Complementary and alternative medicine (CAM) has played an important role in providing universal access to essential health care services globally. Conventional medicine (CM) driven health care practices are well-developed in Bangladesh; however, millions of people utilise CAM-based healthcare services for specific health conditions or health benefits due to high out-of-pocket payment (74%) in Bangladesh, while the global average is only 32%. Lack of evidence exists about the perception and utilisation of CAM in Bangladesh. This study aimed to estimate the prevalence correlates of the perception and utilisation of CAM among patients who received health care at a tertiary hospital, Bangladesh.
This study comprised a cross-sectional study with 1,183 individuals from the cross-sectional survey among patients who received health care from Government Unani and Ayurvedic Medical College Hospital in Dhaka, Bangladesh. Logistic regression analyses were employed to estimate the adjusted effect of independent factors on CAM health care services utilisation.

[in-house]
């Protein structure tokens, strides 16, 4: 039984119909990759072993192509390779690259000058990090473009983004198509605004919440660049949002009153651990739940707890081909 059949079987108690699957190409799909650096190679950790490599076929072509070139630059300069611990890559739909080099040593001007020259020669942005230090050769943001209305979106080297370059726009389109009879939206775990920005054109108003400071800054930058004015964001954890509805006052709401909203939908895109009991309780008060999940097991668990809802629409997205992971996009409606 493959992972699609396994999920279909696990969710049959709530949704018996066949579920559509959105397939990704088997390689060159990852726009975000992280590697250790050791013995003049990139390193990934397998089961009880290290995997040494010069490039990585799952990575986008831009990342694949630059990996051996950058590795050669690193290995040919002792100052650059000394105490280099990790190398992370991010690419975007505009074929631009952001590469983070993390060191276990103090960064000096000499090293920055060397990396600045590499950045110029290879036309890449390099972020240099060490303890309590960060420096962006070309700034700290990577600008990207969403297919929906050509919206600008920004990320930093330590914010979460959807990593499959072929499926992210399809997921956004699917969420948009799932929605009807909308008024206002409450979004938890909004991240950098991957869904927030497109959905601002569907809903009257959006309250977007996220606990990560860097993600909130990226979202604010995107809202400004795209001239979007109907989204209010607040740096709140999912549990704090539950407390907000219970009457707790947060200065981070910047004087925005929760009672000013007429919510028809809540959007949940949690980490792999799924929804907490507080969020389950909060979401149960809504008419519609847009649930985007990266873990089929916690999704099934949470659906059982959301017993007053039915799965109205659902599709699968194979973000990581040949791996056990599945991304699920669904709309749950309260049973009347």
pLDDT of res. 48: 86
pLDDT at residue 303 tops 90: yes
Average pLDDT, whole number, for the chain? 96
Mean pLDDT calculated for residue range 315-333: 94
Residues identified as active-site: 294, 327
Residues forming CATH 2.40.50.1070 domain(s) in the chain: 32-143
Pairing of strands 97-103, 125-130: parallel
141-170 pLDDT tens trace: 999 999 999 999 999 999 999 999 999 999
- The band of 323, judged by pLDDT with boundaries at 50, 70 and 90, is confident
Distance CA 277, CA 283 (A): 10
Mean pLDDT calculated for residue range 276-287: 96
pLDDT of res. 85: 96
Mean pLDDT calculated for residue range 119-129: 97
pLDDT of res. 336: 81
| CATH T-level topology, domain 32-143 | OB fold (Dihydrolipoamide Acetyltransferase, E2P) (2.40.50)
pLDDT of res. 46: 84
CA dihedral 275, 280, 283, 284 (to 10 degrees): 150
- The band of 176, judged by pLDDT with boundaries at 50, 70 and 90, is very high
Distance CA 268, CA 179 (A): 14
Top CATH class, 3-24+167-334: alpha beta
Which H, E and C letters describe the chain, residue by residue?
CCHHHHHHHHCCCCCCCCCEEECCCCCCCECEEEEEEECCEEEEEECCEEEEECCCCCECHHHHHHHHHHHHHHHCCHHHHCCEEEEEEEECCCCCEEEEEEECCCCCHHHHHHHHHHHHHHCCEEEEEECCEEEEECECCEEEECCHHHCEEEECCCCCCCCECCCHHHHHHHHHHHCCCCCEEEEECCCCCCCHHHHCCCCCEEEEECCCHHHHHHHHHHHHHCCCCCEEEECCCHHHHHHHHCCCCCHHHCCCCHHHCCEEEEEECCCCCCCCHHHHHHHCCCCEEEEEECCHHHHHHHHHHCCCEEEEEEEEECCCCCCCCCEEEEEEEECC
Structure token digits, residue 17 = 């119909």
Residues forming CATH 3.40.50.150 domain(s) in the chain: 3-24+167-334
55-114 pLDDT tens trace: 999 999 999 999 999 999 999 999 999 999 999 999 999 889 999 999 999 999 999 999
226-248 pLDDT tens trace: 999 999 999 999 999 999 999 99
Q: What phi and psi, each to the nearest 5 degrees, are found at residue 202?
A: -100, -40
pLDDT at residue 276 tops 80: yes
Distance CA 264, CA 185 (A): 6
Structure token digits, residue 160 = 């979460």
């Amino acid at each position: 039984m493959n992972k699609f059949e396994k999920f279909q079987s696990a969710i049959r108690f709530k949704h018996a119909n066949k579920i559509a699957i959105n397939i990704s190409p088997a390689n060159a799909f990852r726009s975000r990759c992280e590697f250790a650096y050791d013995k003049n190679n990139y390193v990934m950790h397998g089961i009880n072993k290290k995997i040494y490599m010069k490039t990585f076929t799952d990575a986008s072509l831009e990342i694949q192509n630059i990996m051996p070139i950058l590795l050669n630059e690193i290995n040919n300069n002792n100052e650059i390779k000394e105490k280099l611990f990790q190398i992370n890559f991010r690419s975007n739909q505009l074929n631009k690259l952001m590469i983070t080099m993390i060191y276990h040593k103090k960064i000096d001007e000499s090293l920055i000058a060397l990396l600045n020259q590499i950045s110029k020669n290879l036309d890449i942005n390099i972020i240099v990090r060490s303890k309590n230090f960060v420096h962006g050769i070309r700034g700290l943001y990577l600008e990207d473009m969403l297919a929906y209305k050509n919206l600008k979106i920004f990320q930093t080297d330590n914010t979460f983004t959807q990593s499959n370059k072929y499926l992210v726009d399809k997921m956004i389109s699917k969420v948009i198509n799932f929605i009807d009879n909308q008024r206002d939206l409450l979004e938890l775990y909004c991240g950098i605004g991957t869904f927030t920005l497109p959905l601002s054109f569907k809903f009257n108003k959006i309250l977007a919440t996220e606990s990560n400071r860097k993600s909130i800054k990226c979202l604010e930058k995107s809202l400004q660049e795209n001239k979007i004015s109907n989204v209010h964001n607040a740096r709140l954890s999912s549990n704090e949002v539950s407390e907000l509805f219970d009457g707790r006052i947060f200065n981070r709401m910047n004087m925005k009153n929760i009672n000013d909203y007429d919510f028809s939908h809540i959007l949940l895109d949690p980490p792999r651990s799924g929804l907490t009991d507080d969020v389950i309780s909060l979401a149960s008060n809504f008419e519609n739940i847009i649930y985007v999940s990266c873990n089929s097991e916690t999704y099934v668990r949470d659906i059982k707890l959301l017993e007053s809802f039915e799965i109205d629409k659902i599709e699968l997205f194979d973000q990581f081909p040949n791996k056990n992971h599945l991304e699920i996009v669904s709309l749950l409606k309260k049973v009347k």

Thirty-three percent of patients utilised CAM health care services, while 67% of patients sought conventional treatment before turning to CAM. CAM health care utilisation was significantly associated with young adult patients aged 26 to 45 years (AOR=6.26, 95% CI:3.24-12.07), patients without education (AOR=2.99, 1.81-4.93), and being married (AOR=1.79, 1.08-2.97). The apparent effectiveness, lower side effects, adequate patient satisfaction, and recommendations from others were the most prevalent reasons for using CAM.
CM plays a dominant role in health care provision in Bangladesh, with high-level patient satisfaction and health benefits. These results could be valuable for health policymakers as they explore prospects for integrating CAM and conventional medical services.